By Caitlin Rothermel
It can be challenging to garden when you have young children, but you also want to get them excited about growing things. It’s a dilemma.
It is totally possible to introduce small, focused projects that can be fun for everyone. Like carrots. They can fit into small or otherwise hard-to-use spaces, and there’s just enough time left now to start a crop before the weather turns.
Carrots can be grown just about anywhere that there’s room beneath the soil – they don’t need a dedicated site, and they are okay in partial shade. Since it’s the time of year when we’re harvesting things and other plants are maturing, there are patches of space opening up. Like where the onions or garlic use to be, or underneath the broccoli that’s quite tall at this point.
Take advantage of these empty spaces and your existing plants verticality or “up-ness.” Don’t plant them where root vegetables are now growing – too crowded and too much competition for soil resources.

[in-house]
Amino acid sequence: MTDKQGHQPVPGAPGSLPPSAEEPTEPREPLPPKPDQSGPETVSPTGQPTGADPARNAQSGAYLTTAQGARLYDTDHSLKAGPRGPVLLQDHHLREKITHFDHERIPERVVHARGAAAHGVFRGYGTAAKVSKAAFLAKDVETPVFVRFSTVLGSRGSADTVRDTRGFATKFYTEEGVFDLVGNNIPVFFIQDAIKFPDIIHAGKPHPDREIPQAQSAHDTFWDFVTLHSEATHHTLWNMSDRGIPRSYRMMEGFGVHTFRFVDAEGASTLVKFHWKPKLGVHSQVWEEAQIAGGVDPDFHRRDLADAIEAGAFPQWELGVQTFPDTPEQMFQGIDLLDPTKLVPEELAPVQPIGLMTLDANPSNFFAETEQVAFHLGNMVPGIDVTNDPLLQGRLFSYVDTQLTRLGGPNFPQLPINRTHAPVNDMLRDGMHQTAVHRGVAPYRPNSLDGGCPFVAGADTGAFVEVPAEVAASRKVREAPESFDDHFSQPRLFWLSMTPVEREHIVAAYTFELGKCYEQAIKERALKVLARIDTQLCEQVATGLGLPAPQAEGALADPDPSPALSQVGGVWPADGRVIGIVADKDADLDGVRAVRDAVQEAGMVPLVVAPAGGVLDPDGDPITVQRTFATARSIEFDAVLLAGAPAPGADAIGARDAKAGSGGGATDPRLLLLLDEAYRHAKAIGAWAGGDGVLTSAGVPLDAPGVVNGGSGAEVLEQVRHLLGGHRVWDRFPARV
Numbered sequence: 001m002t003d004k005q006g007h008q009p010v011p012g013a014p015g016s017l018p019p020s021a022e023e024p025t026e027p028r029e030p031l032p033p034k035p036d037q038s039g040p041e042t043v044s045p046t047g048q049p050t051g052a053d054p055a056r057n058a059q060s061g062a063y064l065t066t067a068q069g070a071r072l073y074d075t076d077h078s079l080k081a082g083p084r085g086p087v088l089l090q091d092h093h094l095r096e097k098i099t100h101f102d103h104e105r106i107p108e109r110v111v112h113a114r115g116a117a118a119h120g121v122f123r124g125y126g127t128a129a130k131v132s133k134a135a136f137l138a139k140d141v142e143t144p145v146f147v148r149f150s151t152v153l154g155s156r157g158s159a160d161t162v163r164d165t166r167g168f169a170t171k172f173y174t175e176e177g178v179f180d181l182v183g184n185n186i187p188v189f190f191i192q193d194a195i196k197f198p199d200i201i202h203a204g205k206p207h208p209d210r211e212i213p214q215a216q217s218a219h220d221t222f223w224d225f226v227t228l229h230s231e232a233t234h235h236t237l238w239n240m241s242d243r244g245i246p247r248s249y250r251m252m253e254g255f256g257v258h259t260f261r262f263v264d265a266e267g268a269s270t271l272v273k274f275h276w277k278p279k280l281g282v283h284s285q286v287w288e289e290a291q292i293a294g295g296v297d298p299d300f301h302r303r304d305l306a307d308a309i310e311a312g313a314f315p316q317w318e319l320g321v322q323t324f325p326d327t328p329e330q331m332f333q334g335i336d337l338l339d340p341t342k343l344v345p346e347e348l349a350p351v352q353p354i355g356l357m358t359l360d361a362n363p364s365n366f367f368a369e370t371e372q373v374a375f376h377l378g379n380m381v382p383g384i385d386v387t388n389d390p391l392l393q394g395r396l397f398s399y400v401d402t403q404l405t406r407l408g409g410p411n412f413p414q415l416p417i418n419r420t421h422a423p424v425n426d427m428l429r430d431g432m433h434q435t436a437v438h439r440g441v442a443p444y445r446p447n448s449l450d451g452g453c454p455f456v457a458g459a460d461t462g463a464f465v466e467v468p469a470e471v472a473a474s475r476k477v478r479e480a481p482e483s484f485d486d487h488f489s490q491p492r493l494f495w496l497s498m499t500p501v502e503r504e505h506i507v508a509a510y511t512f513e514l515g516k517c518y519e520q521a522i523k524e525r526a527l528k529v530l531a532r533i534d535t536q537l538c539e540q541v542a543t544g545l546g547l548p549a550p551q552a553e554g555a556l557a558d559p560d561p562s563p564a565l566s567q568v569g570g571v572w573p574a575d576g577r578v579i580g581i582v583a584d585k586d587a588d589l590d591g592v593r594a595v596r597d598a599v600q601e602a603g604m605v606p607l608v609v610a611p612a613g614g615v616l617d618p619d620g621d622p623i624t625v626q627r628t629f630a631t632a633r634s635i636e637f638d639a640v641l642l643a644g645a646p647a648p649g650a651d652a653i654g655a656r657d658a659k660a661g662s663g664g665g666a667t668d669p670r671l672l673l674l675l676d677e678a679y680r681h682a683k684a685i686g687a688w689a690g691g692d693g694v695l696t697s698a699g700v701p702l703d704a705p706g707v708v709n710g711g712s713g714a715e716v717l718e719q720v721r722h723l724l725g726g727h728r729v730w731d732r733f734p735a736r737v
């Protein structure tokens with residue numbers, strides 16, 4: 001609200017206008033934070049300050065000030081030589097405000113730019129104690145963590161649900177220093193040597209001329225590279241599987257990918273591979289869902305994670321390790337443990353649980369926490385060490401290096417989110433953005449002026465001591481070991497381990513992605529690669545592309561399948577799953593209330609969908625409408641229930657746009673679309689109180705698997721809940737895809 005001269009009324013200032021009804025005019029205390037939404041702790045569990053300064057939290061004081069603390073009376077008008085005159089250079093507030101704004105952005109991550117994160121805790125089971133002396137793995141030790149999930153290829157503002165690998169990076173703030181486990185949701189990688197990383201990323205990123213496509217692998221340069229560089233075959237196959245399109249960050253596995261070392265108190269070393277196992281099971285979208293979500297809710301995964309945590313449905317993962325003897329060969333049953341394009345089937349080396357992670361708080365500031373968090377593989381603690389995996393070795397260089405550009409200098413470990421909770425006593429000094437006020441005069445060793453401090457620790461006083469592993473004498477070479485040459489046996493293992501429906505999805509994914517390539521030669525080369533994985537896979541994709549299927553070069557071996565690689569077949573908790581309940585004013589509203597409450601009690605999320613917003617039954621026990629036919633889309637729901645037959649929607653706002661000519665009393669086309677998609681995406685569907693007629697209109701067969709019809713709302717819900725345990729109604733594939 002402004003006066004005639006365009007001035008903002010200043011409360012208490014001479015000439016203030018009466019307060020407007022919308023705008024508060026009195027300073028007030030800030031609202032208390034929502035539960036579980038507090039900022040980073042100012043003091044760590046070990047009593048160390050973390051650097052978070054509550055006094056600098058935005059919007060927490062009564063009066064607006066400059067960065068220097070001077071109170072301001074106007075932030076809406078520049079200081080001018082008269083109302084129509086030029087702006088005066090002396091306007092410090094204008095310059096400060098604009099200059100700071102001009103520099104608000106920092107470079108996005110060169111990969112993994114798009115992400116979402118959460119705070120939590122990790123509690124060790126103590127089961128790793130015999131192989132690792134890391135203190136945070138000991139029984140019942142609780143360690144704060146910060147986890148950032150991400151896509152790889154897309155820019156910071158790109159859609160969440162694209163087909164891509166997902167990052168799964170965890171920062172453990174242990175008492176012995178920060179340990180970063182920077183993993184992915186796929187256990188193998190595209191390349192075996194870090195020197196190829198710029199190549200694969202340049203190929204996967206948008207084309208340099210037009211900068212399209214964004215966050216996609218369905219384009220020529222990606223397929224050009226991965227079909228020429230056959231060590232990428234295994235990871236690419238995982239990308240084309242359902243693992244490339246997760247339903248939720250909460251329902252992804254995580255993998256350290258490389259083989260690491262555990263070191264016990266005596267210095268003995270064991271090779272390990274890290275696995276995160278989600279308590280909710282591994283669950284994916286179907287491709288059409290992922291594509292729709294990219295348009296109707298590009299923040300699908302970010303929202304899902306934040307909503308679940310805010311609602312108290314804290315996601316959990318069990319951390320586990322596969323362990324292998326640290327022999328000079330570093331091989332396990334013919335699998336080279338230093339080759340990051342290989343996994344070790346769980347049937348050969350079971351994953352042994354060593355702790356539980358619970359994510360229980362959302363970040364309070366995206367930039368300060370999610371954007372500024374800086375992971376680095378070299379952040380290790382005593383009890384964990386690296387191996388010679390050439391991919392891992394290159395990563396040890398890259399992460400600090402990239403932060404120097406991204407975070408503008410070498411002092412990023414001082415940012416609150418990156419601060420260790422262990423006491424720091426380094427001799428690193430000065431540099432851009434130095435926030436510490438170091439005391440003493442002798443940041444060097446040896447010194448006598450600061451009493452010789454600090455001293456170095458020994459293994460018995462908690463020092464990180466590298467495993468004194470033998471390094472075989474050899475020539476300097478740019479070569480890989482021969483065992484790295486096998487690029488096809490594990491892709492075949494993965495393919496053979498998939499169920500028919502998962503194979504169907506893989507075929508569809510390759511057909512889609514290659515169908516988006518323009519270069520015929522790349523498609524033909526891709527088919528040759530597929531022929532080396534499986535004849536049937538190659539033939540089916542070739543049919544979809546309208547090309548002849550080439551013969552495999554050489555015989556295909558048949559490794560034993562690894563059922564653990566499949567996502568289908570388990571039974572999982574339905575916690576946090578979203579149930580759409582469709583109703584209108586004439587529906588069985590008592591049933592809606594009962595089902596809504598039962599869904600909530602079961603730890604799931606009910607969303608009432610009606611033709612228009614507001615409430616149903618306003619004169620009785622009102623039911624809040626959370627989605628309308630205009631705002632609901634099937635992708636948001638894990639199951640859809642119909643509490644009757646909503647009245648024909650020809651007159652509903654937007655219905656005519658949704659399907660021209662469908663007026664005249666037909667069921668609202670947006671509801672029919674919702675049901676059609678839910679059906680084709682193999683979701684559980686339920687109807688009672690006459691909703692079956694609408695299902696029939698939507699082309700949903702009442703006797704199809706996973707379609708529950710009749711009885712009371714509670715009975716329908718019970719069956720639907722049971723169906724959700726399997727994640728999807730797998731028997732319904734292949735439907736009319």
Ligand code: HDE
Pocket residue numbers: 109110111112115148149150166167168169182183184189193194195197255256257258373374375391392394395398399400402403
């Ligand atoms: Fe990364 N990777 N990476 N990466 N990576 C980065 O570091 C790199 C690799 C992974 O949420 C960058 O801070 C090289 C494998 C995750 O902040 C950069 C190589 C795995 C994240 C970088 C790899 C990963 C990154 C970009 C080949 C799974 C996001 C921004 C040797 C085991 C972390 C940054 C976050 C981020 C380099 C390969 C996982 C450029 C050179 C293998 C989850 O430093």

After you pick some good spots, the first, essential step is to loosen the soil. The biggest barrier I’ve found to growing carrots in our area is compacted soil (due to the rain pressing down on the earth for so much of the year). You can do this soil-loosening on your own ahead of time, or if it seems safe and fun, work with the kids to do it using satisfying tools like a Hori Hori.
Treat your loosened soil like a baking project and make it more special by mixing in a few special ingredients. Definitely add some new compost. To be super-fancy, add some worm castings, Epson salt, or Azomite mineral mix.
Set yourself up for success and plant your carrots in places that you already water, or that are easy to remember to water. Not all of the carrots will grow, and that’s okay.
If you want to just dip your toes into carrot-growing, you can buy a few cloth planting bags and use those instead.
This time of year, it is best to use carrot types that mature quickly – in fewer than 65 days – and that grow smaller (4-6 inches). Atlas carrots are another good option; these are the shape and size of golf balls.
You can also make your future more colorful by planting red or purple carrots in addition to orange. Go for quality, not size. When they’re harvested, the kids will love them either way.